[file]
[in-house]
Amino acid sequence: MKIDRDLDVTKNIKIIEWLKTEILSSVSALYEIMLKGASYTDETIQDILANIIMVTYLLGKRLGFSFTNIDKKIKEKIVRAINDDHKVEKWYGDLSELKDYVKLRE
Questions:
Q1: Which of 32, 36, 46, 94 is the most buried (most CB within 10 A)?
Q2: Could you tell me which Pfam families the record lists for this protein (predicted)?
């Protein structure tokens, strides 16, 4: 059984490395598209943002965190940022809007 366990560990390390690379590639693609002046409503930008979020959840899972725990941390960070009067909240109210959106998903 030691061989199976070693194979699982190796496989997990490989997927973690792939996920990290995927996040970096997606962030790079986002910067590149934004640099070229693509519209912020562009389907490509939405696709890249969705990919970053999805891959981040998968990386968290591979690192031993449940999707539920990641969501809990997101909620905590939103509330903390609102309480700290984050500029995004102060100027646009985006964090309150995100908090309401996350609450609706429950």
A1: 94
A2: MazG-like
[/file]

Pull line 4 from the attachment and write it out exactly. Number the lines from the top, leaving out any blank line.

Q1: Which of 32, 36, 46, 94 is the most buried (most CB within 10 A)?